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Medical City Hospital

Low-Potassium Diet

What is Potassium?

Potassium is a mineral found in many different foods, including whole grains, fruits, vegetables, milk, dried beans, and peas. Potassium helps maintain normal blood pressure and also helps muscles, including the heart, to contract properly.

Why Follow a Low-Potassium Diet?

Your doctor may recommend following a low-potassium diet if you have kidney problems or are taking certain medications. If you have kidney problems, excess potassium can build up to dangerous levels in your blood. This can lead to confusion, irregular heartbeats , or a heart attack .

Foods High and Low in Potassium

Food With High Potassium

The high-potassium foods on the table contain more than 200 milligrams of potassium per serving. This is considered to be high in potassium. In general, you should avoid these foods if you need to limit how much potassium you eat. However, you may be able to work with a dietitian to add small portions of your favorite foods.

Food With Low Potassium

The foods in the right-hand column are considered to be low in potassium. Eating these foods can help keep your potassium level normal. Remember, though, that eating more than one serving of any of these foods can make it a high-potassium food.

Food Category Food With High Potassium Food With Low Potassium
  • Apricots
  • Avocado
  • Banana
  • Cantaloupe
  • Dates
  • Dried fruits
  • Figs
  • Grapefruit juice
  • Honeydew
  • Kiwi
  • Mango
  • Nectarine
  • Orange or orange juice
  • Orange juice
  • Papaya
  • Pomegranate or pomegranate juice
  • Prunes
  • Prune juice
  • Raisins
  • Apple, apple juice, apple sauce
  • Apricots
  • Blackberries, blueberries, raspberries, strawberries, cranberries
  • Cherries
  • Fruit cocktail
  • Grapes, grape juice
  • Grapefruit
  • Mandarin oranges
  • Peaches
  • Pears
  • Pineapple, pineapple juice
  • Plums
  • Tangerine
  • Watermelon
  • Acorn squash
  • Artichoke
  • Bamboo shoots
  • Baked beans
  • Butternut squash
  • Beets, fresh then boiled
  • Black beans
  • Brussels sprouts
  • Chinese cabbage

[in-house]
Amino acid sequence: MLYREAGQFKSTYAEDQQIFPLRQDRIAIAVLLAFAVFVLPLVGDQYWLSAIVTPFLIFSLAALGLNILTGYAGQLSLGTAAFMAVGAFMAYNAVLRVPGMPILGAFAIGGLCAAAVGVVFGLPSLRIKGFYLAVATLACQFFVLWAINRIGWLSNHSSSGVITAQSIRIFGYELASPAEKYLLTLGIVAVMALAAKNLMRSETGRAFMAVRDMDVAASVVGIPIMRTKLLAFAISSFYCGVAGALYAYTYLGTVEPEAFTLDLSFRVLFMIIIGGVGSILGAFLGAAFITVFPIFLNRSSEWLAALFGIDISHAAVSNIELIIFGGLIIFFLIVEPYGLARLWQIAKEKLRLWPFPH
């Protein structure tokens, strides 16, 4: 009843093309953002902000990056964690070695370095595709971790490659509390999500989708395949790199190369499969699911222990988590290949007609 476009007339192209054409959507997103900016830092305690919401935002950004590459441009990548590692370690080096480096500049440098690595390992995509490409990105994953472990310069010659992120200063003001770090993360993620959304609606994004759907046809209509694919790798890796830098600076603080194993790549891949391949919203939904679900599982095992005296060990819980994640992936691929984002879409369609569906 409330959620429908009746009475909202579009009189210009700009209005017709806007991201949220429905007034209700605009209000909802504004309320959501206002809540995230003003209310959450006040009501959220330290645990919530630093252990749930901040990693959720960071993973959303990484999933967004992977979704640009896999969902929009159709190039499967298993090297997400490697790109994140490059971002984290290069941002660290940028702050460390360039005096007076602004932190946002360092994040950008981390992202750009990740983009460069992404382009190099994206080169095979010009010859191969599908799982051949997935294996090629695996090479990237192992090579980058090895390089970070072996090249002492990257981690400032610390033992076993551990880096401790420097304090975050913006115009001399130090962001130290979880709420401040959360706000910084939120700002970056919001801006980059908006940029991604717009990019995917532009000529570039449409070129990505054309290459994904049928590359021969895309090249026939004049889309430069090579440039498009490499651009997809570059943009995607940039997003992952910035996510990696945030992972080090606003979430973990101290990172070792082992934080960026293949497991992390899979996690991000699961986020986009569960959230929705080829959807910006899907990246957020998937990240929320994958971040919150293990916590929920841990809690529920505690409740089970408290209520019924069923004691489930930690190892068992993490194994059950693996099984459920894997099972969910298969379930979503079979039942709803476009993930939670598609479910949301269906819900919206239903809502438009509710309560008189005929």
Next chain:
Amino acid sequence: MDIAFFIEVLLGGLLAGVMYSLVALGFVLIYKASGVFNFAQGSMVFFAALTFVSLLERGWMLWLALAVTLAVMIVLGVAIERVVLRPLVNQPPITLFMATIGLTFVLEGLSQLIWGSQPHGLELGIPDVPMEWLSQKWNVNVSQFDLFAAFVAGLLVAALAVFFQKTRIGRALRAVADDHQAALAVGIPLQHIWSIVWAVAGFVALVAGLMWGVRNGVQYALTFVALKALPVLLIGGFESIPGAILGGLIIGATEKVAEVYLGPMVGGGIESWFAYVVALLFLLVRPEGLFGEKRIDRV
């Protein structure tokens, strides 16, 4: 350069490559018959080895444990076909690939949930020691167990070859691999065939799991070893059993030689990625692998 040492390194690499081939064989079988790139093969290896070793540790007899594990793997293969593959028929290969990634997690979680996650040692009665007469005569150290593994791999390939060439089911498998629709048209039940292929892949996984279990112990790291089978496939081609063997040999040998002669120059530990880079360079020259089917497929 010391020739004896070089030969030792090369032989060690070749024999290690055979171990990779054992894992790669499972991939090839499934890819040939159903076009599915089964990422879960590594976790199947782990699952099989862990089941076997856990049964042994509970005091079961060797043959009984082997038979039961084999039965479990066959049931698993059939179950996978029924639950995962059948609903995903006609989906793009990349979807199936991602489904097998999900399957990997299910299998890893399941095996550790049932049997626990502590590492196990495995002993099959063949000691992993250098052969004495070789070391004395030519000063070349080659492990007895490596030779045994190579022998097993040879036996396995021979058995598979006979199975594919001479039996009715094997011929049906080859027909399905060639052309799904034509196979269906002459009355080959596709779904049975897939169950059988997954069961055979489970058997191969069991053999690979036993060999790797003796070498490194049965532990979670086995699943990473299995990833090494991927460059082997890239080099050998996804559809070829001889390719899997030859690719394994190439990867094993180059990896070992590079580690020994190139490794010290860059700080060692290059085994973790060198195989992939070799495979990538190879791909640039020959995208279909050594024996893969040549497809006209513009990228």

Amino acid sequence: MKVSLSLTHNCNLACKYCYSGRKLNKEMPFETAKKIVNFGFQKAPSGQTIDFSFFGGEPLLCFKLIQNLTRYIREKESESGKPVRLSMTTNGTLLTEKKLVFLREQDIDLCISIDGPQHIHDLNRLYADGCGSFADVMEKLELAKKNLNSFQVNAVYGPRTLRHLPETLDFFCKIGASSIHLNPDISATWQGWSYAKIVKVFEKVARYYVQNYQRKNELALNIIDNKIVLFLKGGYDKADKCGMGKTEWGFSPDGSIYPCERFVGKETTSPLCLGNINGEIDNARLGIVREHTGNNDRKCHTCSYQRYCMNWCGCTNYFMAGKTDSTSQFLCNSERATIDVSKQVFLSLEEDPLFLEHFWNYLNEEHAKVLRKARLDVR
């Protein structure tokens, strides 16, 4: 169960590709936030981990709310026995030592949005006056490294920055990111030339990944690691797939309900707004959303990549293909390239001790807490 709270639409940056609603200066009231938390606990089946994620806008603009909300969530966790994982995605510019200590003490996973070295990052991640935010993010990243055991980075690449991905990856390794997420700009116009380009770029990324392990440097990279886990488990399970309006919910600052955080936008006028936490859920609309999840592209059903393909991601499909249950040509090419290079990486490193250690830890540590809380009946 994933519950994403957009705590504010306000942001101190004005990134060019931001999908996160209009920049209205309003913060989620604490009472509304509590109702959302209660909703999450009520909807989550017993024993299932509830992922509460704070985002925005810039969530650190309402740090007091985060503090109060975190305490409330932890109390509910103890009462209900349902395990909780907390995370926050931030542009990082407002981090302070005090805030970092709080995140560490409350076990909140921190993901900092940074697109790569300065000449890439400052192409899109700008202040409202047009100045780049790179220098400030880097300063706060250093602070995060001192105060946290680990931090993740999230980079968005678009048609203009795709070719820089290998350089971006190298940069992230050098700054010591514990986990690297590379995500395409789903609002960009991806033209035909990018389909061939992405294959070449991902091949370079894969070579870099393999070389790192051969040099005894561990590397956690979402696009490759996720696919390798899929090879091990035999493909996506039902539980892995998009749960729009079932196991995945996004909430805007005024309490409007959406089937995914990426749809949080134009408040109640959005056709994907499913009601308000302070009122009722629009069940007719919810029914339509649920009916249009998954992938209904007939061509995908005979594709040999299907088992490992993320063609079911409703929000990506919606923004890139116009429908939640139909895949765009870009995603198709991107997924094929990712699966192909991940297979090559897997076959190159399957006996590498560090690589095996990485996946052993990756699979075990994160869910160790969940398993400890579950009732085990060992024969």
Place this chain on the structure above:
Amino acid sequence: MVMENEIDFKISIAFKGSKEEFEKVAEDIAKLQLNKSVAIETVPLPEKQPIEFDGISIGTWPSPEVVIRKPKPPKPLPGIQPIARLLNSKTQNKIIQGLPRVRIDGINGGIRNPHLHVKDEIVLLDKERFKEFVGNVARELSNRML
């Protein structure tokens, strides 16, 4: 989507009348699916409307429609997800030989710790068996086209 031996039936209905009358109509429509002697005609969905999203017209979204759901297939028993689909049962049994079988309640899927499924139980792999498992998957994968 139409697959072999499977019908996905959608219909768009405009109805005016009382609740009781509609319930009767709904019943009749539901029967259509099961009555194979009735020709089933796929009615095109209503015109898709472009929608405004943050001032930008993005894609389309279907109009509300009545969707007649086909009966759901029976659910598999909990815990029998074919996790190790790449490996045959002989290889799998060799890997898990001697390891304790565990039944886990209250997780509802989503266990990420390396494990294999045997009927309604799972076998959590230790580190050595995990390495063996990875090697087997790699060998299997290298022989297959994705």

• Carrots, raw
  • Dried beans and peas
  • Greens, except kale
  • Hubbard squash
  • Kohlrabi
  • Lentils
  • Legumes
  • Mushrooms, canned
  • Parsnips
  • Potatoes, white and sweet
  • Pumpkin
  • Refried beans
  • Rutabagas
  • Spinach, cooked
  • Tomatoes, tomato products
  • Vegetable juice
  • Alfalfa sprouts
  • Asparagus
  • Beans, wax or green
  • Cabbage, green and red
  • Carrots, cooked
  • Cauliflower
  • Celery
  • Corn
  • Cucumber
  • Eggplant
  • Kale
  • Leached potatoes *
  • Lettuce
  • Mixed vegetables
  • Mushrooms, fresh
  • Okra
  • Onions
  • Parsley
  • Peas, green
  • Peppers
  • Radish
  • Rhubarb
  • Water chestnuts, canned
  • Watercress
Protein Foods
  • Beans, dried or canned
  • Nuts
  • Tofu
  • Beef
  • Poultry
  • Egg
  • Fish
  • Pork
  • Peanut butter
Dairy Foods Dairy items are high in potassium. You can consume these items in moderation by limiting your portion sizes to 1 serving:
  • Buttermilk
  • Chocolate milk
  • Eggnog
  • Evaporated milk
  • Malted milk
  • Milkshakes
  • Soy milk
  • Yogurt
  • Cheese
  • Ice cream
  • Skim milk
  • 2% milk
  • Whole milk
Other Foods
  • Bran/bran Products
  • Chocolate
  • Granola
  • Milk, all types
  • Molasses
  • Nutritional supplements
  • Nuts and seeds
  • Peanut butter
  • Salt substitutes
  • Salt-free broth
  • Yogurt
  • Bread and bread products (not whole grains)
  • Cake—angel food cake, yellow cake
  • Coffee
  • Cookies (without nuts or chocolate)
  • Noodles
  • Pasta
  • Pies (without chocolate or high-potassium food)
  • Rice
  • Tea
  • Snuff or chewing tobacco

*To leach potatoes: Peel and cut them into small pieces. Soak them in a large amount of water for at least 2 hours. (Use at least 5 cups of water for every 1 cup of potatoes.) Drain, rinse, and cook as desired.


  • Eat a variety of low-potassium foods. Limit or avoid high-potassium foods.
  • Be aware of the foods that you eat. You may want to keep a food log.
  • Most food has some potassium. Read food labels to find out how much potassium a food has per serving.
  • Do not drink juice from canned fruit, canned vegetables, or cooked meat.
  • Work with a dietitian to come up with an individualized food plan. It should list the serving size and amount of low potassium food groups you should consume each day.
  • American Society of Nutrition

  • Eat Right—Academy of Nutrition and Dietetics

  • Dietitians of Canada

  • The Kidney Foundation of Canada

  • Low-potassium (2 grams) diet. Huntsman Cancer Hospital website. Available at: Updated June 2011. Accessed June 1, 2015.

  • Potassium and your CKD diet. National Kidney Foundation website. Available at: Accessed June 1, 2015.